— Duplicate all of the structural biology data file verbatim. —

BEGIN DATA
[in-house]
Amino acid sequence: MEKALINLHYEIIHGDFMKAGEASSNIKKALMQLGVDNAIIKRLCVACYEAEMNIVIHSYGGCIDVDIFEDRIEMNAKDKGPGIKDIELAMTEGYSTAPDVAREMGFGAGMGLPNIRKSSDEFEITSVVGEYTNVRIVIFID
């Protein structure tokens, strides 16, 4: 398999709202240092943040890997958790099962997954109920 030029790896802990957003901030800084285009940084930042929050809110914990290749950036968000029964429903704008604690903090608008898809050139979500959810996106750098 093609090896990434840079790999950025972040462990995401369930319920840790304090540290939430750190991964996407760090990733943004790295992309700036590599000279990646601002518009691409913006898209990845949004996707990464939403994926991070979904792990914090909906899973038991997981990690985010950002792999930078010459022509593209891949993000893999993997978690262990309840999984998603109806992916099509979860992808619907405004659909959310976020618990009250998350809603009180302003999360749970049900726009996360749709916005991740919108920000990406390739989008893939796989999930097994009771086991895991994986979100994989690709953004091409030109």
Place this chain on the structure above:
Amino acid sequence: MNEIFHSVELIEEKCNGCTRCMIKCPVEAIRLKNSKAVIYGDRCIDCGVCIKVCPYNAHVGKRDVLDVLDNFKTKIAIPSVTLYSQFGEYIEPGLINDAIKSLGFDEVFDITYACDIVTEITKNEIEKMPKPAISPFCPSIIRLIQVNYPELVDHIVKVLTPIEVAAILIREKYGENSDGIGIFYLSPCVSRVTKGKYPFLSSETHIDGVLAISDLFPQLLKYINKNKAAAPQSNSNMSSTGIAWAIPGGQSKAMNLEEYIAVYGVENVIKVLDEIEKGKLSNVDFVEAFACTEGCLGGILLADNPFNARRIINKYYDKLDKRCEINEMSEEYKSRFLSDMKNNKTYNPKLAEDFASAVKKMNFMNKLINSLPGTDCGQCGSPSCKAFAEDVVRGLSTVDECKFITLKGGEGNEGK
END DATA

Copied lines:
[in-house]
Amino acid sequence: MEKALINLHYEIIHGDFMKAGEASSNIKKALMQLGVDNAIIKRLCVACYEAEMNIVIHSYGGCIDVDIFEDRIEMNAKDKGPGIKDIELAMTEGYSTAPDVAREMGFGAGMGLPNIRKSSDEFEITSVVGEYTNVRIVIFID
């Protein structure tokens, strides 16, 4: 398999709202240092943040890997958790099962997954109920 030029790896802990957003901030800084285009940084930042929050809110914990290749950036968000029964429903704008604690903090608008898809050139979500959810996106750098 093609090896990434840079790999950025972040462990995401369930319920840790304090540290939430750190991964996407760090990733943004790295992309700036590599000279990646601002518009691409913006898209990845949004996707990464939403994926991070979904792990914090909906899973038991997981990690985010950002792999930078010459022509593209891949993000893999993997978690262990309840999984998603109806992916099509979860992808619907405004659909959310976020618990009250998350809603009180302003999360749970049900726009996360749709916005991740919108920000990406390739989008893939796989999930097994009771086991895991994986979100994989690709953004091409030109």
Place this chain on the structure above:
Amino acid sequence: MNEIFHSVELIEEKCNGCTRCMIKCPVEAIRLKNSKAVIYGDRCIDCGVCIKVCPYNAHVGKRDVLDVLDNFKTKIAIPSVTLYSQFGEYIEPGLINDAIKSLGFDEVFDITYACDIVTEITKNEIEKMPKPAISPFCPSIIRLIQVNYPELVDHIVKVLTPIEVAAILIREKYGENSDGIGIFYLSPCVSRVTKGKYPFLSSETHIDGVLAISDLFPQLLKYINKNKAAAPQSNSNMSSTGIAWAIPGGQSKAMNLEEYIAVYGVENVIKVLDEIEKGKLSNVDFVEAFACTEGCLGGILLADNPFNARRIINKYYDKLDKRCEINEMSEEYKSRFLSDMKNNKTYNPKLAEDFASAVKKMNFMNKLINSLPGTDCGQCGSPSCKAFAEDVVRGLSTVDECKFITLKGGEGNEGK